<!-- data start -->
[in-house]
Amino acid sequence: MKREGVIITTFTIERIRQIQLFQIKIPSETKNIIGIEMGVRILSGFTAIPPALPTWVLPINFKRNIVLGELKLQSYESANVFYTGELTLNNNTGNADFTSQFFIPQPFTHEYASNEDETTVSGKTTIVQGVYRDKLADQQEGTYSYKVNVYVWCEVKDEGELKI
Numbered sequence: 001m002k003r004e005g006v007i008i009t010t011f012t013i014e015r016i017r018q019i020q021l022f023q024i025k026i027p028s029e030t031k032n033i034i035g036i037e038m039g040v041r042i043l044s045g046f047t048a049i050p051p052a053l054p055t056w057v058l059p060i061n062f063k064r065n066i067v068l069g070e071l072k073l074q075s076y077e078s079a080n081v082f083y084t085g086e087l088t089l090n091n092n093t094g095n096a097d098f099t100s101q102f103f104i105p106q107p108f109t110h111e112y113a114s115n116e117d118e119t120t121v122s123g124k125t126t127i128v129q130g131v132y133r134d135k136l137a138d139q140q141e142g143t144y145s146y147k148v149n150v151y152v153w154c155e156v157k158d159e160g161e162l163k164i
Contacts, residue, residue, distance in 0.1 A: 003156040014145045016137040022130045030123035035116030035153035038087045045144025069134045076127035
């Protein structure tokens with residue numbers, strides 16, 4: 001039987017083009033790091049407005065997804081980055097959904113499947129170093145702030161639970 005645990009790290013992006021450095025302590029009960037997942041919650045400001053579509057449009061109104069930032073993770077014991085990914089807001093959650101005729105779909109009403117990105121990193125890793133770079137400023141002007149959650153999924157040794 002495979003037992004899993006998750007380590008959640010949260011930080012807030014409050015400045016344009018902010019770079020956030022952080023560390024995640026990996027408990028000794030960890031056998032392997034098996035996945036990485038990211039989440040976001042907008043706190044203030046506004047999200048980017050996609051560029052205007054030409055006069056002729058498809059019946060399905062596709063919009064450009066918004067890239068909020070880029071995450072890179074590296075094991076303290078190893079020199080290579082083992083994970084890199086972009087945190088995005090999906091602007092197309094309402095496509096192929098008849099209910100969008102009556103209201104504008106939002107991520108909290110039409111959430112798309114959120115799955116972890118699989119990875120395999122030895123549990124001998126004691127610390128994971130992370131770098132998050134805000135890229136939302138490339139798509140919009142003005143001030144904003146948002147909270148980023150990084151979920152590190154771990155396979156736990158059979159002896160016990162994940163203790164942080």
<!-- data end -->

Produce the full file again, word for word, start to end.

[in-house]
Amino acid sequence: MKREGVIITTFTIERIRQIQLFQIKIPSETKNIIGIEMGVRILSGFTAIPPALPTWVLPINFKRNIVLGELKLQSYESANVFYTGELTLNNNTGNADFTSQFFIPQPFTHEYASNEDETTVSGKTTIVQGVYRDKLADQQEGTYSYKVNVYVWCEVKDEGELKI
Numbered sequence: 001m002k003r004e005g006v007i008i009t010t011f012t013i014e015r016i017r018q019i020q021l022f023q024i025k026i027p028s029e030t031k032n033i034i035g036i037e038m039g040v041r042i043l044s045g046f047t048a049i050p051p052a053l054p055t056w057v058l059p060i061n062f063k064r065n066i067v068l069g070e071l072k073l074q075s076y077e078s079a080n081v082f083y084t085g086e087l088t089l090n091n092n093t094g095n096a097d098f099t100s101q102f103f104i105p106q107p108f109t110h111e112y113a114s115n116e117d118e119t120t121v122s123g124k125t126t127i128v129q130g131v132y133r134d135k136l137a138d139q140q141e142g143t144y145s146y147k148v149n150v151y152v153w154c155e156v157k158d159e160g161e162l163k164i
Contacts, residue, residue, distance in 0.1 A: 003156040014145045016137040022130045030123035035116030035153035038087045045144025069134045076127035
């Protein structure tokens with residue numbers, strides 16, 4: 001039987017083009033790091049407005065997804081980055097959904113499947129170093145702030161639970 005645990009790290013992006021450095025302590029009960037997942041919650045400001053579509057449009061109104069930032073993770077014991085990914089807001093959650101005729105779909109009403117990105121990193125890793133770079137400023141002007149959650153999924157040794 002495979003037992004899993006998750007380590008959640010949260011930080012807030014409050015400045016344009018902010019770079020956030022952080023560390024995640026990996027408990028000794030960890031056998032392997034098996035996945036990485038990211039989440040976001042907008043706190044203030046506004047999200048980017050996609051560029052205007054030409055006069056002729058498809059019946060399905062596709063919009064450009066918004067890239068909020070880029071995450072890179074590296075094991076303290078190893079020199080290579082083992083994970084890199086972009087945190088995005090999906091602007092197309094309402095496509096192929098008849099209910100969008102009556103209201104504008106939002107991520108909290110039409111959430112798309114959120115799955116972890118699989119990875120395999122030895123549990124001998126004691127610390128994971130992370131770098132998050134805000135890229136939302138490339139798509140919009142003005143001030144904003146948002147909270148980023150990084151979920152590190154771990155396979156736990158059979159002896160016990162994940163203790164942080």